Q:Can I purchase a cell phone over the internet and go to any cell phone company for service with out having to pay for a 1 or 2 year contract, say month by month? If so, what would be a good phone? — Don Schulz
Gadgetress: Contracts are a drag and if you want cell phone service, a long-term commitment is hard to avoid. But not impossible.
I spoke to the major cellular carriers and here are their options:
2. Sprint: Bring your own phone and opt for Sprint’s month-to-month plan for $49.99 a month. The package includes 200 minutes plus unlimited nights and weekends starting a 9 p.m.
3. AT&T: The company doesn’t recommend using a non AT&T phone because unique software embedded in its phones are required for services to function properly. But you can buy a GoPhone from AT&T and get short-term service.
There are two options that don’t have annual contracts. The GoPhone Pick Your Plan is a month-to-month plan that starts at $30/month for 200 minutes. The GoPhone Pay As You Go plan allows you to buy minutes when you need them like a phone card. Minutes are 10 to 25 cents per minute.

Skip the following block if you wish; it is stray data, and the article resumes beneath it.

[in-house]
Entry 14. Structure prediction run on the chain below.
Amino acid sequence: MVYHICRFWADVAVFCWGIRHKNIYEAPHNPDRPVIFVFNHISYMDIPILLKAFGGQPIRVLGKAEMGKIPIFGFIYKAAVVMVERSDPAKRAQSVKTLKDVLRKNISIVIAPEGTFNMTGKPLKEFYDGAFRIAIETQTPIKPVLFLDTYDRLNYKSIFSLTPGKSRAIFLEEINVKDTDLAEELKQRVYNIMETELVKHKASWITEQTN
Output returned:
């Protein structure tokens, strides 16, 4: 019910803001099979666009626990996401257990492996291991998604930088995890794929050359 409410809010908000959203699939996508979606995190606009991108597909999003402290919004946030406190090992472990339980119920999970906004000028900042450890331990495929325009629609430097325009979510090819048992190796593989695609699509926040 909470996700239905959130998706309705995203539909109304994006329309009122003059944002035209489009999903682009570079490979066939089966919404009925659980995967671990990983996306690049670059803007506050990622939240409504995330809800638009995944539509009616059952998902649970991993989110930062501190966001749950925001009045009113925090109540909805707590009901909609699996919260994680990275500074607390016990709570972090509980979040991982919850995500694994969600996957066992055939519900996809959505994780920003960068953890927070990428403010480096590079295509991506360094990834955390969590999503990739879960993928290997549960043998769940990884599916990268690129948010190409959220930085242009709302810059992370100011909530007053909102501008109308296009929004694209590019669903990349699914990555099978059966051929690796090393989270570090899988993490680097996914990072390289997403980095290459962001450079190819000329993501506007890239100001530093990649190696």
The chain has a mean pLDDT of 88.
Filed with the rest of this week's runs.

4. Verizon Wireless: Sorry, you’re out of luck. Ken Muche, with Verizon, says it’s a quality issue:
“Our cell phone techs tweak, or overhaul, the inner workings of each make and model of phone (and PDA) to maximize their effectiveness on our particular network. … Phones not engineered to our network’s standard of excellence simply won’t work as well, or well at all, which leads to consumer dissatisfaction.”
Verizon does offer pre-paid plans if you buy special Verizon phones. Buy one and opt for the $0.99/day plan plus 10-cents a minute or the month-to-month plan starting at $50 for 300 minutes.
One feature unique to Verizon: The early termination fee of about $175 is reduced $5/month during the contract term. So, if you need to end service six months into a 2-year contract, you’ll owe $145 to get out of your contract.
And then there are the numerous pre-paid cellular companies, such as Boost Mobile in Irvine, Virgin Mobile and TracFone. While for most have plans that don’t require a long-term commitment, they do require a phone purchase.
As for the second part of your question, I don’t like to recommend phones unless I’ve had first hand experience with them. My advice is to check the review sites, from CNET.com to Mobiledia.com, Phonedog.com and even Amazon.com, where the biggest benefit is not the site itself but user reviews.
Fellow readers/techies, I’m sure you have suggestions too. Please share by commenting below. Thanks!